The January report studied two citywide rezonings in Chicago and found that housing prices there increased shortly after the zoning changes went into effect, while permits for new construction didn't increase. That conclusion could bolster New Yorkers' fears that the city's policy of rezoning neighborhoods for greater density will simply raise housing prices and increase the risk of displacement without delivering enough market-rate and affordable units to ease pressure on the housing market.
The de Blasio administration countered that rezonings in New York typically have spurred serious amounts of construction. And because City Hall has instituted a policy requiring some of that production to be permanently affordable and has created protections for existing tenants, the city argues the 15 neighborhoods targeted by the mayor for greater density will ultimately be a net win for New Yorkers.In addition, existing homeowners might expect that new development will bring more amenities to the area and so they jacked up their prices in response. Yet the study found that new building permits never materially expanded in any meaningful way after five years.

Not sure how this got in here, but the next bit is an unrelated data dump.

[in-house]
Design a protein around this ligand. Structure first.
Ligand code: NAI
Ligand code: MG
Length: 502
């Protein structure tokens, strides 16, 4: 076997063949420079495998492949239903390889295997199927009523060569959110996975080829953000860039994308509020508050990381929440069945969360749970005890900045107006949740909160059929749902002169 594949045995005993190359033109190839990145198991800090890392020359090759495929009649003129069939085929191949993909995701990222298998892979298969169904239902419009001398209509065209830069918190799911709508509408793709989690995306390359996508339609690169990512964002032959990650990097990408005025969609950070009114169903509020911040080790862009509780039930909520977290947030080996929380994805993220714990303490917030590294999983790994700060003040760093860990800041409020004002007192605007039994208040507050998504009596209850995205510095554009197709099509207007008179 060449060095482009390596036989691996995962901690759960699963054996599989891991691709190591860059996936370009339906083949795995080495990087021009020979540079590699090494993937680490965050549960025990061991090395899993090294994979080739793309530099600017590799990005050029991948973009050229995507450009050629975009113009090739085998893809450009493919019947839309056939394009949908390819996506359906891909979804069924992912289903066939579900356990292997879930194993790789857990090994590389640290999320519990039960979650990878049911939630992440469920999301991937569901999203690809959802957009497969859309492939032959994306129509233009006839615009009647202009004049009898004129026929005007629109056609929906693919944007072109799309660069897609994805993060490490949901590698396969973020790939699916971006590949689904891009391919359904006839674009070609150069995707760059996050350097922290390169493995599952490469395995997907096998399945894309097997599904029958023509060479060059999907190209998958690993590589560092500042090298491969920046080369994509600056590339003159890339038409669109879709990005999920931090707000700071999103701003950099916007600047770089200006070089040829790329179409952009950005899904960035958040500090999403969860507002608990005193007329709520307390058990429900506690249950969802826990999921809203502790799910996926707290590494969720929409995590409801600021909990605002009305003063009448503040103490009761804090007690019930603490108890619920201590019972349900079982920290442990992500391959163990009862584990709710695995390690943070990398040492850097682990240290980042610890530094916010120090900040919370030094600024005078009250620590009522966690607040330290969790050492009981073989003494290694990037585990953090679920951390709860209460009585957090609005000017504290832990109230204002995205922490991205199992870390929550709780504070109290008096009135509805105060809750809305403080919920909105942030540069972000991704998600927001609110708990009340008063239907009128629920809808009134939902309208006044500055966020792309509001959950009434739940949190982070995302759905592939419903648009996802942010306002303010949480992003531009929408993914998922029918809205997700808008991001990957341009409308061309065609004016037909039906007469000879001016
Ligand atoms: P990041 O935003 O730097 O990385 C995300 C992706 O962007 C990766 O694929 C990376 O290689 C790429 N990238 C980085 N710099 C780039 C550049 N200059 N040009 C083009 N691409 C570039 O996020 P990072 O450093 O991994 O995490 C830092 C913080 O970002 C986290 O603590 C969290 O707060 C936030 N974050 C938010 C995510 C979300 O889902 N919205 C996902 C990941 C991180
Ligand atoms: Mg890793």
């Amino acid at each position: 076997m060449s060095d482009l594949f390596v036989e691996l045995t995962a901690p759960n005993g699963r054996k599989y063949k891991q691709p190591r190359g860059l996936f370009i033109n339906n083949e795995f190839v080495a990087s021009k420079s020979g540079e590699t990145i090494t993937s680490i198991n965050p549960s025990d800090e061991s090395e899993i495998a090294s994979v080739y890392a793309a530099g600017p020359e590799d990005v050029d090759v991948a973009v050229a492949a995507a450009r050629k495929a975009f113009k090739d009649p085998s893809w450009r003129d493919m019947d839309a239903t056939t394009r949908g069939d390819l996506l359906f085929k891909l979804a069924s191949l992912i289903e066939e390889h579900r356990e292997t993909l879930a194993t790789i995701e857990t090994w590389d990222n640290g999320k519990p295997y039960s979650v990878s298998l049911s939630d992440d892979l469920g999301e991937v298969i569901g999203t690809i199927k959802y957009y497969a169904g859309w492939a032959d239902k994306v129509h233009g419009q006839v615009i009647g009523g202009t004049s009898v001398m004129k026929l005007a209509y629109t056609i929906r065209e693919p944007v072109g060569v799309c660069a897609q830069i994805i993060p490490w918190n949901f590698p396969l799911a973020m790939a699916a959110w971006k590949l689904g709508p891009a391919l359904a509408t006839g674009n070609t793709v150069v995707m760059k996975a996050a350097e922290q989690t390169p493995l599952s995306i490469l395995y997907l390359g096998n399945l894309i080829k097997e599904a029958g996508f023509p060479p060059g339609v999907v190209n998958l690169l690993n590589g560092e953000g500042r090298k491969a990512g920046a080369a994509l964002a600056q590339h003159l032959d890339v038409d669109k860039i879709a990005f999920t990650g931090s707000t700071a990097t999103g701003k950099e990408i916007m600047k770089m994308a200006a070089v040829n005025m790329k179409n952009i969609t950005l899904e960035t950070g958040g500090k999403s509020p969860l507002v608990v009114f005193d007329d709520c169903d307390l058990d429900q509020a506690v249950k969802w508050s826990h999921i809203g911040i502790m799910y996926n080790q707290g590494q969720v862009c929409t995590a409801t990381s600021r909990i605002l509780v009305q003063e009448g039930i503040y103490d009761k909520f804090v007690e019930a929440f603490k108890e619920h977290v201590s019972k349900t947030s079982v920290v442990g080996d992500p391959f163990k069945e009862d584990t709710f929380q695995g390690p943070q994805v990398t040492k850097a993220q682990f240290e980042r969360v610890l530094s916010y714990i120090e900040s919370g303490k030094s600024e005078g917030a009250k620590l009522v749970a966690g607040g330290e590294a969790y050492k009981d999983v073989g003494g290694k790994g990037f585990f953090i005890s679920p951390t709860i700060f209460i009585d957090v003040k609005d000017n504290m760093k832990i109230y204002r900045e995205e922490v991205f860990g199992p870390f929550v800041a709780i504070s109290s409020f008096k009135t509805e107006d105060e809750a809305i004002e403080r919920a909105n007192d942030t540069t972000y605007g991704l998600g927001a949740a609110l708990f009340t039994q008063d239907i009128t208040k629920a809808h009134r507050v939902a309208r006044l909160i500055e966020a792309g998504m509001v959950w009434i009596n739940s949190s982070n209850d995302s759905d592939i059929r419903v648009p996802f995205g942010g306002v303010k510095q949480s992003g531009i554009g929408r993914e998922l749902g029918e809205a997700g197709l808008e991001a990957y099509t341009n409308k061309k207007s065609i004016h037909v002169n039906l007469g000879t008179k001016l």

"If the product of upzoning is no change in construction levels but increases in property transaction values, including for some existing housing units," Freemark wrote, "this policy may have some negative consequences in upzoned neighborhoods that rapidly become more expensive." In other words, a rise in housing costs without more supply could put existing residents at risk for displacement.